Juicing The Juice (or Putting the $ in U$C)
Hopefully you’ve been following the O.J. Mayo mess down at U$C, which has the potential to have a profound impact on the future of both PAC-10 basketball and football.
The facts are still developing and it’s way too early to draw conclusions regarding the allegations. It’s also too early to try to figure out the potential long-term implications for U$C athletics.
The long and short of the story is that a certain Mayo friend/enemy, Louis Johnson, has accused Mayo of accepting some $30K in improper gifts during his time as a U$C and high school student. Mayo’s defense amounts to an insistence that he wouldn’t “sell out” for such a small sum.
The NCAA has reportedly opened an investigation with Johnson’s cooperation.
In the meantime, a judge recently ordered Reggie Bush to sit for a deposition next month regarding allegations that he too received illegal benefits while at U$C. For the uninitiated, that’s a big deal because it means Bush has to either tell the truth or face the consequences of perjuring himself.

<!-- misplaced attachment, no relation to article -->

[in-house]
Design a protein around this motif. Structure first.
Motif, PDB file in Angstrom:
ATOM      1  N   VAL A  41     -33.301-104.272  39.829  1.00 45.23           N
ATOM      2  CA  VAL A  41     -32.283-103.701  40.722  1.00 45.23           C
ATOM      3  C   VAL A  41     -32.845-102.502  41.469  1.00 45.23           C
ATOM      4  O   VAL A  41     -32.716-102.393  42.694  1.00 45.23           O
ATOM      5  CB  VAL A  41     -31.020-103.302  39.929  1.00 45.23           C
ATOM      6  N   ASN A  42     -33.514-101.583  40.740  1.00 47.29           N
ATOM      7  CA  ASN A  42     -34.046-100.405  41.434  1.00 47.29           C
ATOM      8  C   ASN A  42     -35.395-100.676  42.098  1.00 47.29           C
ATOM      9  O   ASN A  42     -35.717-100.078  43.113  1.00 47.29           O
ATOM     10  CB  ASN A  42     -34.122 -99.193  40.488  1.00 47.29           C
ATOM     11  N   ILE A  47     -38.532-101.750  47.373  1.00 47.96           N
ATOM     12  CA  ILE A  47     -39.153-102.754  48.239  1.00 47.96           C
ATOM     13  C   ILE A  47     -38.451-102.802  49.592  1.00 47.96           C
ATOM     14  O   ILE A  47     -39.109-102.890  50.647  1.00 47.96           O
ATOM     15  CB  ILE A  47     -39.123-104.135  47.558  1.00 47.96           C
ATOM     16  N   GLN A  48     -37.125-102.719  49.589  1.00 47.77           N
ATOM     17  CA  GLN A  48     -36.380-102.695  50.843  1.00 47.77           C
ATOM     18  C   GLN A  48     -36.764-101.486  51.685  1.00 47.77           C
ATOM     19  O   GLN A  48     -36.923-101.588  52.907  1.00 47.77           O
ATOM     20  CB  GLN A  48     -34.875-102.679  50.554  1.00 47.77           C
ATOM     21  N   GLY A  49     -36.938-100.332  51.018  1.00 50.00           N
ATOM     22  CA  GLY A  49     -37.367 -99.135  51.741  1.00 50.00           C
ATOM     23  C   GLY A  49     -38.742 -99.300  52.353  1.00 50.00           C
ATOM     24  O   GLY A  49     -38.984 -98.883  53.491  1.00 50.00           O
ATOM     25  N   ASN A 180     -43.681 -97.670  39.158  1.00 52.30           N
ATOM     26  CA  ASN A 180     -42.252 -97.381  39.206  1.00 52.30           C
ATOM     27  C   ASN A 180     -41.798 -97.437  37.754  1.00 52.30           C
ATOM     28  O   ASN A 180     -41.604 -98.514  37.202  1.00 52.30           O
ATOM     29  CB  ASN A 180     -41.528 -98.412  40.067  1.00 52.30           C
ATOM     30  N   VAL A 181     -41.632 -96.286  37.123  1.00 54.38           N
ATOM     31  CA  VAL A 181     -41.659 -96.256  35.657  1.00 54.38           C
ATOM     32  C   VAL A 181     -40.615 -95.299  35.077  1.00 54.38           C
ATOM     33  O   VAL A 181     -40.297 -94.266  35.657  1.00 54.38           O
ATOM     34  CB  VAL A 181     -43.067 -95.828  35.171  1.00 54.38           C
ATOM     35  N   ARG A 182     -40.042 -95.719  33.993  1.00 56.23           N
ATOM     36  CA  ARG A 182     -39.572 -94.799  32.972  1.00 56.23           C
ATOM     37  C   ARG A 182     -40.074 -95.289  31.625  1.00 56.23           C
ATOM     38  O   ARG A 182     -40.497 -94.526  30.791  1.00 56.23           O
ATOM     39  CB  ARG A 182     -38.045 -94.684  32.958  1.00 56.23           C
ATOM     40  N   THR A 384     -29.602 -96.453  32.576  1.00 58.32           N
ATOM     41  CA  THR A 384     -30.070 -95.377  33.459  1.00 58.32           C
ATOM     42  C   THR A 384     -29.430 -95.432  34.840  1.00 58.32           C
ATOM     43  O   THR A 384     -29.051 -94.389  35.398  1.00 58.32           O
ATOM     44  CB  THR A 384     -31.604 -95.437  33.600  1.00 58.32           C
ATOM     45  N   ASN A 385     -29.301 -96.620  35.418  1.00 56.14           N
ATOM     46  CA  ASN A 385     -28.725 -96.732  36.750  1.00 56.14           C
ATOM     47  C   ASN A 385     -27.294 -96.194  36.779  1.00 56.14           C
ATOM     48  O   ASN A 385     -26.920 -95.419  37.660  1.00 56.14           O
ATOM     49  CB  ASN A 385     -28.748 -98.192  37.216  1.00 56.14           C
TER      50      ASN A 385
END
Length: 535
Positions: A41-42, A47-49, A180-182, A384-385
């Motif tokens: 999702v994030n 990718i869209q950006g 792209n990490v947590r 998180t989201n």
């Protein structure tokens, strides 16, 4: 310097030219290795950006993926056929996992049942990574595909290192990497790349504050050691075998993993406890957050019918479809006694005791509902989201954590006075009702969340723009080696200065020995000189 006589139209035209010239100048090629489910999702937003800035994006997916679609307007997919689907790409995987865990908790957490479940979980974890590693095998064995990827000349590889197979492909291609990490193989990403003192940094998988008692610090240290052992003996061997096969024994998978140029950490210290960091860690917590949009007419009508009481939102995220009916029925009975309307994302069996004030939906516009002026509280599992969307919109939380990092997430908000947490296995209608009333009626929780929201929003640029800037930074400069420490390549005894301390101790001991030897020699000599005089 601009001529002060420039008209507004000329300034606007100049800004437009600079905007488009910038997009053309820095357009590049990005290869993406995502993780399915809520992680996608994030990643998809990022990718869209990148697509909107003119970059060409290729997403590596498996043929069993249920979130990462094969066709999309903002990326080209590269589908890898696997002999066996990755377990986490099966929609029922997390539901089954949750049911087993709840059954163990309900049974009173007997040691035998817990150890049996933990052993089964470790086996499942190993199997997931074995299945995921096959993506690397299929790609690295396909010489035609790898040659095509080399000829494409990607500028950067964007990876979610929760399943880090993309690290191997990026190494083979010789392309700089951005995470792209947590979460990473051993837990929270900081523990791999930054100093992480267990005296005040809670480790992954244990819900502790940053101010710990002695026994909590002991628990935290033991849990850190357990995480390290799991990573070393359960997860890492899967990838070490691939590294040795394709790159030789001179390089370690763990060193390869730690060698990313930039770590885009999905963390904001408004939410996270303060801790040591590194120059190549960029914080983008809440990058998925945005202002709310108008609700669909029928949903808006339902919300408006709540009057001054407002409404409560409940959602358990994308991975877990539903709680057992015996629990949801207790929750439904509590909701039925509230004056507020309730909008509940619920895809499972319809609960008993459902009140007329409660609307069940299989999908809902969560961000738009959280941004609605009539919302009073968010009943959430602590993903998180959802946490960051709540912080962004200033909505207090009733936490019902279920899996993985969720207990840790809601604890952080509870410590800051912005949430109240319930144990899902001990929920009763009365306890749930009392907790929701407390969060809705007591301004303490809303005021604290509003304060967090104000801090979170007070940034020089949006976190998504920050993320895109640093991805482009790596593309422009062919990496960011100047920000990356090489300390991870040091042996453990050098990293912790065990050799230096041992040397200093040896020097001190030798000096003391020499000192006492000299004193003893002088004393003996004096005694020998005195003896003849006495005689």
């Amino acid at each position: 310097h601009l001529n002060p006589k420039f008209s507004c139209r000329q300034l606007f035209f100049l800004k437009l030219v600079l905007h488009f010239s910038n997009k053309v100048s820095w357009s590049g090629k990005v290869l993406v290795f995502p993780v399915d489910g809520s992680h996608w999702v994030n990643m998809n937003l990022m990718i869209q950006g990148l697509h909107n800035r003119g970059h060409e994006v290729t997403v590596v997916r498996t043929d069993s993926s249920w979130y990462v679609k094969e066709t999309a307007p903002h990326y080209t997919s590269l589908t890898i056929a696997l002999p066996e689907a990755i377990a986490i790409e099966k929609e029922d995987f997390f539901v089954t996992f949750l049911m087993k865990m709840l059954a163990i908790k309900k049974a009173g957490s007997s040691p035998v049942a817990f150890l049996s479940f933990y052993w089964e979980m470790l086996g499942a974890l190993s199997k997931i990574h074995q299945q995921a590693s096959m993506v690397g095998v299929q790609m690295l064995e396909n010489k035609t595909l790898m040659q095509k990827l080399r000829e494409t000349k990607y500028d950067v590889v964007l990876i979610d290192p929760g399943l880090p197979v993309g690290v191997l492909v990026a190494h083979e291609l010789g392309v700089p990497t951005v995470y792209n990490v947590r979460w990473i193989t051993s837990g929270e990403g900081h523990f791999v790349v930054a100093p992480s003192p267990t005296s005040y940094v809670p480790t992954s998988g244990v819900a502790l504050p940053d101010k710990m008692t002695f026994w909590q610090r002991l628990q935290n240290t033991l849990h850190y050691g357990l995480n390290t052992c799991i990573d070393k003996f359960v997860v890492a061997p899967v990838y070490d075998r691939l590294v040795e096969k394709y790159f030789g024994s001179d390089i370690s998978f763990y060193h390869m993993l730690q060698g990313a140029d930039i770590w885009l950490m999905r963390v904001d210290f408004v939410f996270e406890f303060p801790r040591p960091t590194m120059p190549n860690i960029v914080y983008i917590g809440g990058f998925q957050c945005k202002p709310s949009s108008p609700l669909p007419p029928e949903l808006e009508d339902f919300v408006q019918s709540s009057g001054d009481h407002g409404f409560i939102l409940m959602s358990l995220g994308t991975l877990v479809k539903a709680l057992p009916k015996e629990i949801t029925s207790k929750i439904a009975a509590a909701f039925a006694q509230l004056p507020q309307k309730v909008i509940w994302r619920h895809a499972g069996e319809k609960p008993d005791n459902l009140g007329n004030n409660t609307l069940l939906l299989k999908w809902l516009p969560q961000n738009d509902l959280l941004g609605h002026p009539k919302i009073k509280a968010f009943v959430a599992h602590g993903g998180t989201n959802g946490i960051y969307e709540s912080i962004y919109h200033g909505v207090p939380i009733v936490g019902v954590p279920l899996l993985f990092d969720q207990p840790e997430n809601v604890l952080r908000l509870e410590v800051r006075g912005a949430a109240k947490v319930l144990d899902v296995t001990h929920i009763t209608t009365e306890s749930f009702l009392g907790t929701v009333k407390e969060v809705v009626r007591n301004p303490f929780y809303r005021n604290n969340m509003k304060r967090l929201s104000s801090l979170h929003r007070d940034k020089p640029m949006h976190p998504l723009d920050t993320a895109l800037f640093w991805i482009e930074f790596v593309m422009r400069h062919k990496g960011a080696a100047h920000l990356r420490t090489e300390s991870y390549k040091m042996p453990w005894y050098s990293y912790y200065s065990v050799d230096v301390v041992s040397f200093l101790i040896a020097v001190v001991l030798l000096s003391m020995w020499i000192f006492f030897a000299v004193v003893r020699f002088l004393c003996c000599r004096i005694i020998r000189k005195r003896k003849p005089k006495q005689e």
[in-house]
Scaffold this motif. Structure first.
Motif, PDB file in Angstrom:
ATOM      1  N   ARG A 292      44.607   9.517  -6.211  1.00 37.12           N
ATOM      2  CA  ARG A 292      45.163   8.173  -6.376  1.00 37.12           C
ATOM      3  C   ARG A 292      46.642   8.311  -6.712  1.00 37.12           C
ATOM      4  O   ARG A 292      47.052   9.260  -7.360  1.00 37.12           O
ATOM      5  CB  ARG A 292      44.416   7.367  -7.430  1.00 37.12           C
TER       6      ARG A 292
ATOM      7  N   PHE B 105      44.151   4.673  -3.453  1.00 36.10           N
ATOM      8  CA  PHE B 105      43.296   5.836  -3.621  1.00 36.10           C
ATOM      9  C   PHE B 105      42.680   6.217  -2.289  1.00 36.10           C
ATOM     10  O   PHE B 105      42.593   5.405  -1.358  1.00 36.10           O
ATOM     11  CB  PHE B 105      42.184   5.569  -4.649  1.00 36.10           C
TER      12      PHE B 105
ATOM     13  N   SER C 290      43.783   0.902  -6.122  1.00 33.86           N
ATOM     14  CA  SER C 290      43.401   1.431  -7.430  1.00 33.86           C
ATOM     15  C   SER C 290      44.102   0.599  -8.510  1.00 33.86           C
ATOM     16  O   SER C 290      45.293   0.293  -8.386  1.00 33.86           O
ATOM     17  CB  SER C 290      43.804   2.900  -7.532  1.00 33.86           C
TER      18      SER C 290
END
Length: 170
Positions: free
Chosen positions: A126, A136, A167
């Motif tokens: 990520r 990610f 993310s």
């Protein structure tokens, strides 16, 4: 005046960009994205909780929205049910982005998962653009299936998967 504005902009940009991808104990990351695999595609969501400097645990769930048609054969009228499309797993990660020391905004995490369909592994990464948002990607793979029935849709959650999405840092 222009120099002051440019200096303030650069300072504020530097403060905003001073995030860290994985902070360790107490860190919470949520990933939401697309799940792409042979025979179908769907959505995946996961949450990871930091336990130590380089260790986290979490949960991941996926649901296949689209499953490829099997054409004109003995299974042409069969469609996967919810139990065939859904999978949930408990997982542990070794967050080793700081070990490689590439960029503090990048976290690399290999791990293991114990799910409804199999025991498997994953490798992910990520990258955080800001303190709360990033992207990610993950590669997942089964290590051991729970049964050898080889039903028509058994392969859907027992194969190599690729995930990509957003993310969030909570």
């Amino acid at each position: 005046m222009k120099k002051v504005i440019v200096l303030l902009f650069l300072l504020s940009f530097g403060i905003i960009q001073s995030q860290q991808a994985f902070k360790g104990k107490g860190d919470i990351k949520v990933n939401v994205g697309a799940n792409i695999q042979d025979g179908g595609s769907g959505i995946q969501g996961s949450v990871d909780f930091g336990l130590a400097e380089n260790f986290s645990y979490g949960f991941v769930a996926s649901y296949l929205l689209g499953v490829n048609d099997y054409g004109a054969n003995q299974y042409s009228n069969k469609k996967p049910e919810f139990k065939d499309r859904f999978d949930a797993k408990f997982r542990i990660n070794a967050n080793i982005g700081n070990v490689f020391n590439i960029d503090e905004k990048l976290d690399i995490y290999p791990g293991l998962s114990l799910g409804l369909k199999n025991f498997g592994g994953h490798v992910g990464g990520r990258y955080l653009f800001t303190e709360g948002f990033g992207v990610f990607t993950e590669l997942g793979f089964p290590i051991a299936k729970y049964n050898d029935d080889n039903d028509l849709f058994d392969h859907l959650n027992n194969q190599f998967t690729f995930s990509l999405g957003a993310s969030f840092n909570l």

My own motivation in commenting on this story isn’t to rant about U$C cheating. On the contrary, I take for granted that U$C cheats, and I honestly wouldn’t have it any other way.
When you’re the underdog in a lopsided rivalry like that between U$C and Cal, the best you have going for you is knowing you can still occasionally beat the other side despite all their dirty tricks. It wouldn’t be half as much fun if U$C were just USC.
I do, however, think it’s worthwhile pondering the conflicting interests at play when contemplating sanctions for U$C’s shenanigans.
On one hand, I find it ridiculous that Cal was slapped with draconian sanctions in 2002 because a couple of under-productive WR’s didn’t go to class. Meanwhile, when it comes to allegations that Reggie Bush accepted hundreds of thousands of dollars in illegal gifts, the NCAA just throws up its hands and says they can’t do anything because they lack subpoena power?
Give me a break.
On the other hand, denying Cal its unlikely postseason berth in 2002 denied the school a chance to end a several-years-long bowl draught and compete in a lower-tier bowl.
A similar sanction at U$C would likely deny the school and the entire conference a BCS berth (if not national championship) and accompanying multi-million dollar payout. So the cynic in me understands why the powers that be are reticent to poke their heads into certain holes.
Of course justice should prevail over such cynical concerns.
But here are my questions:
Is it good for Cal if U$C basketball or football are hit with serious sanctions?
Is it good for our conference if our poster boy and cash-cow gets taken down?
And more importantly, isn’t our rivalry better off if we just agree that U$C is a den of cheats and then beat the pants off them anyway?
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